Mississippi Bad Faith Claims Can Affect Employers and Carriers in Other jurisdictions
With companies operating in multiple states, navigating interstate laws has become increasingly tricky. This is especially true in the worker’s compensation arena where an employer can be sued for benefits in its state of operation, the state where the injury occurred, or the state where the employee is domiciled.
Adding to the difficulties for adjusters is ensuring compliance with the bad faith laws of each state. Bad Faith lawsuits are allowed as separate, independent tort suits, and are exceptions to the “exclusive” remedy of worker’s compensation. The employee can sue for actual and punitive damages.
A claimant who is either injured or domiciled in Mississippi can bring a bad faith claim against the employer and/or the carrier for what is deemed to be a denial of a claim for services deemed to be “reasonable and necessary”. The worker’s compensation claim does not have to be pending in Mississippi for the claimant to bring the bad faith claim in Mississippi.
Williams v. Liberty Mutual – Mississippi bad faith claim for out-of-state workers’ compensation claim
In Williams v. Liberty Mutual Insurance Company, the US 5th Circuit Court of appeals ruled that the bad faith refusal to pay workers’ compensation benefits is more than a simple breach of contract. Instead, it is an independent tort committed outside the scope of employment. This gives the employee the right to file the claim against his employer. Williams v. Liberty Mut. Ins. Co., 741 F.3d 617 (5th Cir. 2014).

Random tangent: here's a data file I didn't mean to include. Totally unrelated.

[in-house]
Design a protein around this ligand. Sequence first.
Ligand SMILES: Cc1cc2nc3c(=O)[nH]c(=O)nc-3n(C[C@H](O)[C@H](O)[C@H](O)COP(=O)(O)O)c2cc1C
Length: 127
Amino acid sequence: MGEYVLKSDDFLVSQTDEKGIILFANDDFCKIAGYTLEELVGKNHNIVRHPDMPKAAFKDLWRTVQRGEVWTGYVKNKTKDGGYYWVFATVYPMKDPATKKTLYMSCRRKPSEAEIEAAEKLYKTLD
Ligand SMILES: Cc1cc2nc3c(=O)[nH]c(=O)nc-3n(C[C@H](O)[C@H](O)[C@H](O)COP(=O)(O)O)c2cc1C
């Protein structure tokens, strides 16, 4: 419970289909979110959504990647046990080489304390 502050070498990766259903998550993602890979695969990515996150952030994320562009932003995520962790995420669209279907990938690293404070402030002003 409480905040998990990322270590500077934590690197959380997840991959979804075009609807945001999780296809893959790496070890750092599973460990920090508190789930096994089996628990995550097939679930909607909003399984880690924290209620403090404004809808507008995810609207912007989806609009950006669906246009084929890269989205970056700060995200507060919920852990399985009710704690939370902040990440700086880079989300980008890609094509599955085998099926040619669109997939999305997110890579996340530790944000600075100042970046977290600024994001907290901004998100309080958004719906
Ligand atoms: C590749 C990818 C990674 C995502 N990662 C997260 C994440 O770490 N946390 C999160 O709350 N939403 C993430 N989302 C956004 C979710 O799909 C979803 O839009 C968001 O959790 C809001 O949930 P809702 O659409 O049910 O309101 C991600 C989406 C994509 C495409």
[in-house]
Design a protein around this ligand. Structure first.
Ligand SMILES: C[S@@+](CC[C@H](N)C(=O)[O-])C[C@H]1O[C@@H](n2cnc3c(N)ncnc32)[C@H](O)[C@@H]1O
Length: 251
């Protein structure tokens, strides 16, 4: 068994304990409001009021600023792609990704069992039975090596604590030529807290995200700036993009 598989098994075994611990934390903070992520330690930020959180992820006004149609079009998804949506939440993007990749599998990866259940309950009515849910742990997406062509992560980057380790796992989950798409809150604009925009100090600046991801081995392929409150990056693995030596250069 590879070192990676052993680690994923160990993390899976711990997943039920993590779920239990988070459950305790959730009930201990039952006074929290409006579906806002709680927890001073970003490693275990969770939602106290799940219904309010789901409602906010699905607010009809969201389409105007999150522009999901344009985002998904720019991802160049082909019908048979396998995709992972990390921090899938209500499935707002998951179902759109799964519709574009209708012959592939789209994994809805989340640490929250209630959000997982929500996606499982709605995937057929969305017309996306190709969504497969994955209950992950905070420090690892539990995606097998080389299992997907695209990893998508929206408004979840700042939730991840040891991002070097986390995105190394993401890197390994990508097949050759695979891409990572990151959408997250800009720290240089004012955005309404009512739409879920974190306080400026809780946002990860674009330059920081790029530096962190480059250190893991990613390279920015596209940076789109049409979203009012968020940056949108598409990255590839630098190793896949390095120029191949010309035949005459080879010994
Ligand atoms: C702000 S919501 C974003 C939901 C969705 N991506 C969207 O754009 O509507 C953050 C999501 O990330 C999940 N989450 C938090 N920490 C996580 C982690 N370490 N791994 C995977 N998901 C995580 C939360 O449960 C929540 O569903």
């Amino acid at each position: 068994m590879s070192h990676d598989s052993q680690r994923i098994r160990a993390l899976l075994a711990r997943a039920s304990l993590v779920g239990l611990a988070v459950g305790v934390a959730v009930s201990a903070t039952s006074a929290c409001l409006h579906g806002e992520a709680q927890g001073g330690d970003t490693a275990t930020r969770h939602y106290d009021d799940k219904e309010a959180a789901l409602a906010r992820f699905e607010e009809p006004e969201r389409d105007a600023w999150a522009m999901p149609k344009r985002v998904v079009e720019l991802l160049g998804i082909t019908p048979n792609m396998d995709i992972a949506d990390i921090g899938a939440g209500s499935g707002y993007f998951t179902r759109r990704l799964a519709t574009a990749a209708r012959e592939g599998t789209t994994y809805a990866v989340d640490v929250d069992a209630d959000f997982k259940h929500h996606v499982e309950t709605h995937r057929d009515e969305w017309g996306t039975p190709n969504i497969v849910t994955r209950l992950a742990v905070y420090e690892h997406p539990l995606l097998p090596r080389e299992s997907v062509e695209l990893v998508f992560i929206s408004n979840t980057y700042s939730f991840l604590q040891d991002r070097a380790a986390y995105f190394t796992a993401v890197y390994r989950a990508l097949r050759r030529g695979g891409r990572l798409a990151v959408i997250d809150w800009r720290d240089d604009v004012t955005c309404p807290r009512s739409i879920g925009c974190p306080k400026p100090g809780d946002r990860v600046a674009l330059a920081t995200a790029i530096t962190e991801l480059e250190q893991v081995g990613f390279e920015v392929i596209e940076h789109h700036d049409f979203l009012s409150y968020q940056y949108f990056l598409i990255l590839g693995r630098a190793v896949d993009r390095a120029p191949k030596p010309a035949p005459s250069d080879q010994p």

In Williams, the claimant was a MS domiciliary with a workers’ compensation case pending in Alabama. The carrier failed to pay benefits for eight months. Williams ultimately settled his workers’ compensation claim in Alabama, but after the resolution of the case, he brought the bad faith action against the employer and carrier in Mississippi. The 5th Circuit found that Mississippi state law granted him an independent right to recover damages from an employer’s insurance company when there was a bad faith refusal to pay benefits.
Bad Faith Tort Independent of Workers’ Compensation Claim
Mississippi Courts have recognized a separate cause of action against employers, carriers, and third party administrators for a “bad faith” denial of a claim. It involves a cause of action based in tort law and, simply stated; it takes life in the willful or intentional denial of a claim, or a part of a claim, without reasonable grounds, where the denial reflects an intent to injure the claimant. Southern Farm Bureau Casualty Ins. Co. v. Holland, 469 So.2d 55, 59 (Miss. 1985). The cause of action can lie against the employer as well as the carrier. Luckett v. Mississippi Wood Inc., 481 So. 2d 288 (Miss. 1985). Damages recoverable in such a suit are not a part of the workers’ compensation system and the cases are not tried before the Commission but in State or Federal Court. Mississippi Power & Light Co. v. Cook, 832 So. 2d 474 (Miss. 2002) illustrates the potential difficulties in such cases where the jury awarded $150,000 for actual damages and $5,000,000 for punitive damages, plus a large attorney’s fee. On appeal, the punitive award was reduced to $500,000; however, it is illustrative of the fact that these cases can become very expensive. Cook, 832 So.2d 474 (Miss. 2002).